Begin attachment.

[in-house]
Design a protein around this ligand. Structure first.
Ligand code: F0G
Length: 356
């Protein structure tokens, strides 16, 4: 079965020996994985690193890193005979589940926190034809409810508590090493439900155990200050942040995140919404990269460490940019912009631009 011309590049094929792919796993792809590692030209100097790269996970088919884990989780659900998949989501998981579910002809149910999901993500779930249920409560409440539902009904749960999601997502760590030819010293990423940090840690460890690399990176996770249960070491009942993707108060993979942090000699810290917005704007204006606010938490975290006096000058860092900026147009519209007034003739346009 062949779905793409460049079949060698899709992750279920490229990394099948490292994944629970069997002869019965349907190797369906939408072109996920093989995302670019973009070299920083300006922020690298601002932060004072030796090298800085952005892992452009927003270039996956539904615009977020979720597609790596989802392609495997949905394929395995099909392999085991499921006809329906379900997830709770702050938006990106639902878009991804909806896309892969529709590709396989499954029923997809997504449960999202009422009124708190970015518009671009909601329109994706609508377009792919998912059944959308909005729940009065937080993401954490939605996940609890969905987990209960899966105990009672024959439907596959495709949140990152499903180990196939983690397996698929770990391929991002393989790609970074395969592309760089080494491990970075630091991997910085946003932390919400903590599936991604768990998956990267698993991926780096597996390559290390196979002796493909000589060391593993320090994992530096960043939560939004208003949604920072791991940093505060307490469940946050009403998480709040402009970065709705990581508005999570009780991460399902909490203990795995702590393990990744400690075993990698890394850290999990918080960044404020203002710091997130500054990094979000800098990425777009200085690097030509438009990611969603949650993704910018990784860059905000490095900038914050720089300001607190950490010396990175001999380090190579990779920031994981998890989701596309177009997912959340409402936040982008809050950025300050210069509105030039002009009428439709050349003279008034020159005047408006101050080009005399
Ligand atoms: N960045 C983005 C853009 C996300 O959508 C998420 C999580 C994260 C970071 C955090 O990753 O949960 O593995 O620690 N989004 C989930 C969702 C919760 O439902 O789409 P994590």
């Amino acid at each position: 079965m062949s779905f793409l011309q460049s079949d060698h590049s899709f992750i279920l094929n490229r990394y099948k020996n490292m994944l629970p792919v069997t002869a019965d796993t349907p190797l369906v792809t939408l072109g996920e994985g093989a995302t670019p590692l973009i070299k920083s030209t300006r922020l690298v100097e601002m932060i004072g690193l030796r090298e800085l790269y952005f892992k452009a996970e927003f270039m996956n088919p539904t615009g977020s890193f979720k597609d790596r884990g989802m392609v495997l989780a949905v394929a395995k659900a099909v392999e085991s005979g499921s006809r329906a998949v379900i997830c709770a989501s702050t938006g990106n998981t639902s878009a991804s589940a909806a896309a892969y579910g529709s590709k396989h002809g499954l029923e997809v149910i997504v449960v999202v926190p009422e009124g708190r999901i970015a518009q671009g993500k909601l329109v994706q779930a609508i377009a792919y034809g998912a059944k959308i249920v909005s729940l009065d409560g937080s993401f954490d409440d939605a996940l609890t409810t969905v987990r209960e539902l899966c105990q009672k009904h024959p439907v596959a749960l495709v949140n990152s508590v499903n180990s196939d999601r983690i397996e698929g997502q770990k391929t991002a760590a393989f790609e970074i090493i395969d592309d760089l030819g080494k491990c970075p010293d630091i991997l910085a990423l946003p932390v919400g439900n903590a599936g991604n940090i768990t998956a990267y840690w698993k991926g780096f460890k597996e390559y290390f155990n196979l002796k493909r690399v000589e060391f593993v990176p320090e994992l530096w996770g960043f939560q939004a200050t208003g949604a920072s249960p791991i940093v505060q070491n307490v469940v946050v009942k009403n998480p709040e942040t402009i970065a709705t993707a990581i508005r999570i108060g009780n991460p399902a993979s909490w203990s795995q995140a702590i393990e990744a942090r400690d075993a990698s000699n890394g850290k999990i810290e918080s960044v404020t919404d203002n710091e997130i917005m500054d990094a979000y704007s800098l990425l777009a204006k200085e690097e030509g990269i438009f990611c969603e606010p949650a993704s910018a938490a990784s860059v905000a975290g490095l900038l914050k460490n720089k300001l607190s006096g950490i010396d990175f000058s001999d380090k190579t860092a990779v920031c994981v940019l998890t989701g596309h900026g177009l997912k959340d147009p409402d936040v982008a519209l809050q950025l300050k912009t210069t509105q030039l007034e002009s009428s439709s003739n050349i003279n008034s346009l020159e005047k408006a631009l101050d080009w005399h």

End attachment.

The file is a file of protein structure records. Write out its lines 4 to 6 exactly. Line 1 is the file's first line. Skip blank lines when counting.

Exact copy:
Length: 356
């Protein structure tokens, strides 16, 4: 079965020996994985690193890193005979589940926190034809409810508590090493439900155990200050942040995140919404990269460490940019912009631009 011309590049094929792919796993792809590692030209100097790269996970088919884990989780659900998949989501998981579910002809149910999901993500779930249920409560409440539902009904749960999601997502760590030819010293990423940090840690460890690399990176996770249960070491009942993707108060993979942090000699810290917005704007204006606010938490975290006096000058860092900026147009519209007034003739346009 062949779905793409460049079949060698899709992750279920490229990394099948490292994944629970069997002869019965349907190797369906939408072109996920093989995302670019973009070299920083300006922020690298601002932060004072030796090298800085952005892992452009927003270039996956539904615009977020979720597609790596989802392609495997949905394929395995099909392999085991499921006809329906379900997830709770702050938006990106639902878009991804909806896309892969529709590709396989499954029923997809997504449960999202009422009124708190970015518009671009909601329109994706609508377009792919998912059944959308909005729940009065937080993401954490939605996940609890969905987990209960899966105990009672024959439907596959495709949140990152499903180990196939983690397996698929770990391929991002393989790609970074395969592309760089080494491990970075630091991997910085946003932390919400903590599936991604768990998956990267698993991926780096597996390559290390196979002796493909000589060391593993320090994992530096960043939560939004208003949604920072791991940093505060307490469940946050009403998480709040402009970065709705990581508005999570009780991460399902909490203990795995702590393990990744400690075993990698890394850290999990918080960044404020203002710091997130500054990094979000800098990425777009200085690097030509438009990611969603949650993704910018990784860059905000490095900038914050720089300001607190950490010396990175001999380090190579990779920031994981998890989701596309177009997912959340409402936040982008809050950025300050210069509105030039002009009428439709050349003279008034020159005047408006101050080009005399
Ligand atoms: N960045 C983005 C853009 C996300 O959508 C998420 C999580 C994260 C970071 C955090 O990753 O949960 O593995 O620690 N989004 C989930 C969702 C919760 O439902 O789409 P994590």